Bay Area subway and rail costs: Why are they among the highest in the world?

By : curbedsf – excerpt

The process of designing, bidding, and building mega-projects is a costly one, but it doesn’t have to be this way

Shortly before the Bay Area appeared on lists of the worst traffic in the world, the region set an ambitious plan to move millions of daily car trips to public transportation by 2040. But local transit agencies pay some of the highest subway and train construction costs in the world, which will limit the impact of $21 billion the nine counties pledged to expand the transit network.

“If your costs are higher you will build less,” says Alon Levy, a mathematician turned transportation expert (and Curbed contributor). His simple cost-per-mile comparisons of subway projects expose the astronomical costs of building urban rail in the United States.

When the Salesforce Transit Center opens in San Francisco this summer, a new tunnel will be needed to connect it to the current Caltrain terminus in SoMa. The project, known as the Downtown Extension, is estimated to cost $3 billion for each mile of subway, six times more than the average outside the United States.

The Central Subway, a 1.7-mile tunnel that will connect Chinatown to Fourth and Brannan Streets, is a relative bargain at $923 million-per-mile. But elsewhere in the world, new subways cost half as much..

Rail construction costs compared

  • $3 billion per mile: SF Downtown Extension (DTX)
  • $923 million per mile: SF Central Subway
  • $780 million per mile: BART to San Jose
  • $451 million per mille: Tokyo Metro Fukutoshin line
  • $450 million per mile: Paris Line 14 extension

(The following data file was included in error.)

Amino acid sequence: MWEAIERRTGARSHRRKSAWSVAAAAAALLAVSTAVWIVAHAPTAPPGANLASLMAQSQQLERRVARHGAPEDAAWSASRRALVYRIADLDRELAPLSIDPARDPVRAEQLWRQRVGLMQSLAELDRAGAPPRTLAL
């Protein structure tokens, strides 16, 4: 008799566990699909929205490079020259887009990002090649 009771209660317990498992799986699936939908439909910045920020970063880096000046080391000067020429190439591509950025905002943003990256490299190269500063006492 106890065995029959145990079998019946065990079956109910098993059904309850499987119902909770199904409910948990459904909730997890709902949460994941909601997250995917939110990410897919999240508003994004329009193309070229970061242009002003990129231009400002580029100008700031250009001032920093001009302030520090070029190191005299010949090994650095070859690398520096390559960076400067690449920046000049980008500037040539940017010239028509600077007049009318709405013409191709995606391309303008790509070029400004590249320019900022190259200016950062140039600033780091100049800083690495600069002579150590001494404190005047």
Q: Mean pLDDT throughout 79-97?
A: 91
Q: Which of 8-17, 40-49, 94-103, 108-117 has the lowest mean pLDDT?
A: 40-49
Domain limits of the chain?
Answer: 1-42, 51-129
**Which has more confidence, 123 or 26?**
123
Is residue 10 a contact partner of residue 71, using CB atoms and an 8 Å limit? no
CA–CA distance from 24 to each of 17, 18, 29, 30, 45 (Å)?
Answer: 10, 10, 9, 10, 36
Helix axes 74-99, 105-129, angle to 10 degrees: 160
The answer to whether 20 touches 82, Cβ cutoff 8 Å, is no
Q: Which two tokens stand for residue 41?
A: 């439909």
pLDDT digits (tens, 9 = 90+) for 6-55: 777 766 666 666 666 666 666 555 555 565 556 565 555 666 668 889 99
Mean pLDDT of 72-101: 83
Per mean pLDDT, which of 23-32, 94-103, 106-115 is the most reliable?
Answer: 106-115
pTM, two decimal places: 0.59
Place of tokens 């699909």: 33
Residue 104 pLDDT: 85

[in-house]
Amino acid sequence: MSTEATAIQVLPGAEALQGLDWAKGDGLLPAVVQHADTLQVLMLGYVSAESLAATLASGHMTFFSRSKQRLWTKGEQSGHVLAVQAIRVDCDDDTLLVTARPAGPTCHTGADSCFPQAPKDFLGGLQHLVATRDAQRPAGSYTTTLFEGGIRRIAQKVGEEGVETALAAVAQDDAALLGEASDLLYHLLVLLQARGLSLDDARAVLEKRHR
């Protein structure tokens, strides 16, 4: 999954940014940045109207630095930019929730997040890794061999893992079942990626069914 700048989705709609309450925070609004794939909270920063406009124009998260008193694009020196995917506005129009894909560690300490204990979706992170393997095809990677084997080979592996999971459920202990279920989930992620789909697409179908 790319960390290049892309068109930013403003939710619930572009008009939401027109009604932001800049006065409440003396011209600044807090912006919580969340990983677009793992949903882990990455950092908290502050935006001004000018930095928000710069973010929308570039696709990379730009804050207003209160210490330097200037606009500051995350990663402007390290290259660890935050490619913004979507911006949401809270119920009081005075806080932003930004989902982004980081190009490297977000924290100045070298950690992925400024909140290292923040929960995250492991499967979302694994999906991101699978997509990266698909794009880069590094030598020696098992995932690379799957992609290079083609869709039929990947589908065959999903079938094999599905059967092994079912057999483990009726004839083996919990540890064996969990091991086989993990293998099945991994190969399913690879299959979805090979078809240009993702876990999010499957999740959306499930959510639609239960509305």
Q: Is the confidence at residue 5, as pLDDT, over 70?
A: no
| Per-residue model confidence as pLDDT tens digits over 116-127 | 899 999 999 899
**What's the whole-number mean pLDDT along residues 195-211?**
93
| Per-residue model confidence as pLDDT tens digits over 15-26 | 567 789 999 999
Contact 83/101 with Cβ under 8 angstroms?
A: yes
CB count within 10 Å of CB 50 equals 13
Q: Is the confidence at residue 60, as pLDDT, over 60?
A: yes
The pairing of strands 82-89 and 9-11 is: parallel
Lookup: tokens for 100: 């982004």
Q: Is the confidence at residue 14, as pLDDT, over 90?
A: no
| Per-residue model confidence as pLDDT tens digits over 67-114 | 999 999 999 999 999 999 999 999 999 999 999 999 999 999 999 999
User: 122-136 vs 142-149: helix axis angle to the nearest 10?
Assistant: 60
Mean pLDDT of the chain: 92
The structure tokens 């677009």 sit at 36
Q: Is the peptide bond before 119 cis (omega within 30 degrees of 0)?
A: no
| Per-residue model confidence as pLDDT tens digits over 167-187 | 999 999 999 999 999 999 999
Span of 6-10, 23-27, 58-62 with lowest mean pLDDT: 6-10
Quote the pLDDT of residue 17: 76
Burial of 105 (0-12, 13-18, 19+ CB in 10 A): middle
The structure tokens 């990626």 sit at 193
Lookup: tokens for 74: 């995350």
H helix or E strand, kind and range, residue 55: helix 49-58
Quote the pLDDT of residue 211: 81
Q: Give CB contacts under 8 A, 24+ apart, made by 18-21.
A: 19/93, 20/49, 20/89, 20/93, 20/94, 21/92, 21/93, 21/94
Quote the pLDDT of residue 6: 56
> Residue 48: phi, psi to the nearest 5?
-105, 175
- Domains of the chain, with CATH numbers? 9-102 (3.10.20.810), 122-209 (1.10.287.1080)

• $64 million per mile: Barcelona Sants tunnel…

In the Bay Area, an unusually large number of transit agencies, 28 in total, often fail to coordinate routes and schedules. This leads to a slow and clumsy experience that many would-be riders avoid.

Costly turf war in Millbrae

Caltrain has provided service to San Francisco from Millbrae Station for years. But BART added service there as a part of its $1.6 billion expansion to San Francisco International Airport.

“Caltrain and BART are fighting for turf,” says Levy.

In Paris, a single planning organization, the RATP, dictates routes and spending for new infrastructure. Individual transit agencies operate trains and buses, they do not plan or construct their own expansions…. (more)

This sounds like the Charter Amendment concept the SFMTA was working on to split the SFMTA into two distinct agencies. They just failed to finish the job. No reason to mix future plans with a present system that is needed to operate the present system.

A new report from the Regional Plan Association of New York offers a sweeping suggestion: “The entire process of designing, bidding, and building mega-projects needs to be rethought and reformed top-down and bottom-up.”

But if reform is considered, it may have to come through an unusual degree of political leadership. As the Bay Area weathers another round of newspaper layoffs, a new study found that in places where the watchdog role of newspapers diminished, government costs go up.

A new report from the Regional Plan Association of New York offers a sweeping suggestion: “The entire process of designing, bidding, and building mega-projects needs to be rethought and reformed top-down and bottom-up.”

But if reform is considered, it may have to come through an unusual degree of political leadership. As the Bay Area weathers another round of newspaper layoffs, a new study found that in places where the watchdog role of newspapers diminished, government costs go up... (more)

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